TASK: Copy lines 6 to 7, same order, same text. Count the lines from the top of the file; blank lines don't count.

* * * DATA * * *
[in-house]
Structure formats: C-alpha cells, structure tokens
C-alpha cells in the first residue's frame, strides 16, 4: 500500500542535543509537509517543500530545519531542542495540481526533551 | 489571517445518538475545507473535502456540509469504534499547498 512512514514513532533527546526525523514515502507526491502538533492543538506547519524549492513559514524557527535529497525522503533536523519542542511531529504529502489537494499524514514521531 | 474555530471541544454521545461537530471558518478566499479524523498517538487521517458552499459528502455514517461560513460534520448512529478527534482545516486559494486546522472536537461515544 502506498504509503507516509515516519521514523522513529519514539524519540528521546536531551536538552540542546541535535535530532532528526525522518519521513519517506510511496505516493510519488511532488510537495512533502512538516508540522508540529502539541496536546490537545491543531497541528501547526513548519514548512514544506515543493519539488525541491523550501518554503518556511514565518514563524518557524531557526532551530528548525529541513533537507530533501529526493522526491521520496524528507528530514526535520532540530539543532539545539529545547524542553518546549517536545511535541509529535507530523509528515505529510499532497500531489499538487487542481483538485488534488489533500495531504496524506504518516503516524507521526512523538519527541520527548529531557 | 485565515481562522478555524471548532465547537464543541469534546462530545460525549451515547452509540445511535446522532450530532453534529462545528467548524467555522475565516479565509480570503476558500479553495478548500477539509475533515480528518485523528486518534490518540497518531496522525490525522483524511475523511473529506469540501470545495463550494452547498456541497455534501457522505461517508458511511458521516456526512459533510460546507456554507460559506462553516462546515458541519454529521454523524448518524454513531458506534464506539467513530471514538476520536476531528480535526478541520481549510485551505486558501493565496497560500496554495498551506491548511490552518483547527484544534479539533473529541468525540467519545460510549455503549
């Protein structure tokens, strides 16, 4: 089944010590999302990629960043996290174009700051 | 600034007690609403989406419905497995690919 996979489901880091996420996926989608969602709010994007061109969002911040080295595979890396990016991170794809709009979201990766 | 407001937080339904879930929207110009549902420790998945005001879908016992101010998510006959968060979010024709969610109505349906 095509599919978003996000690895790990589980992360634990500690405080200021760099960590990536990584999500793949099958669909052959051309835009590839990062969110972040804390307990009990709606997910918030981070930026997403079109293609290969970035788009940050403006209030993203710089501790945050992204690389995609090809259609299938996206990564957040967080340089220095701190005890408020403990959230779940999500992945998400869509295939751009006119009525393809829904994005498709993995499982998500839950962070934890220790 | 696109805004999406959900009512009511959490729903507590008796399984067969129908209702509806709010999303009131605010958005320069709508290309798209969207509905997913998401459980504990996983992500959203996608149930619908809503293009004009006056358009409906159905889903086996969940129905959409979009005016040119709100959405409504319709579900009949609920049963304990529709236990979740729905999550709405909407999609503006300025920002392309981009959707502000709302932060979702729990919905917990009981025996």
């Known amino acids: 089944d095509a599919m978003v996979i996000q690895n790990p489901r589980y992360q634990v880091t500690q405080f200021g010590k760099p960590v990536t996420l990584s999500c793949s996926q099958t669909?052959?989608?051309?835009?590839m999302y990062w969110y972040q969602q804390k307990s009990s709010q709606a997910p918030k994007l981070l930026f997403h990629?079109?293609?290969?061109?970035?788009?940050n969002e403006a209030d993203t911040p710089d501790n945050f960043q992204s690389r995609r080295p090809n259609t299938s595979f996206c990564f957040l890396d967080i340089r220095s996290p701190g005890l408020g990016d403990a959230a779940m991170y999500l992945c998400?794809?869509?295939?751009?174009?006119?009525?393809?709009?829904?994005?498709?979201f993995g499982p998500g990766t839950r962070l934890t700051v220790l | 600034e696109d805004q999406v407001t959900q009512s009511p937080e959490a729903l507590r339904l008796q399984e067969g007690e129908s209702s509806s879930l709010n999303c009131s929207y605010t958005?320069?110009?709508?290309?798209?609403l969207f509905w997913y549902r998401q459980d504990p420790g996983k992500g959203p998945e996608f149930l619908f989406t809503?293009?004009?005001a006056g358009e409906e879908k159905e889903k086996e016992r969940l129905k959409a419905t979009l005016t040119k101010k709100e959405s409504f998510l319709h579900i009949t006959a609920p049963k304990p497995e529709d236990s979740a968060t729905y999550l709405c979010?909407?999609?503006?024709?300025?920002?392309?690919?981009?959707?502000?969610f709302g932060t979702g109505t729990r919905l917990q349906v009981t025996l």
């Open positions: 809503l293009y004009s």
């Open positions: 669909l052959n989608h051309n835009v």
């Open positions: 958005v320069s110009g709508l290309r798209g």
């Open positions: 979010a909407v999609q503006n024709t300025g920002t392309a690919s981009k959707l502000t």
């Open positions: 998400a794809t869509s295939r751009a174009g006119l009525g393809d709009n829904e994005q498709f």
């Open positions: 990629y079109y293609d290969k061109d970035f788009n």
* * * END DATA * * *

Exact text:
């Open positions: 809503l293009y004009s």
């Open positions: 669909l052959n989608h051309n835009v």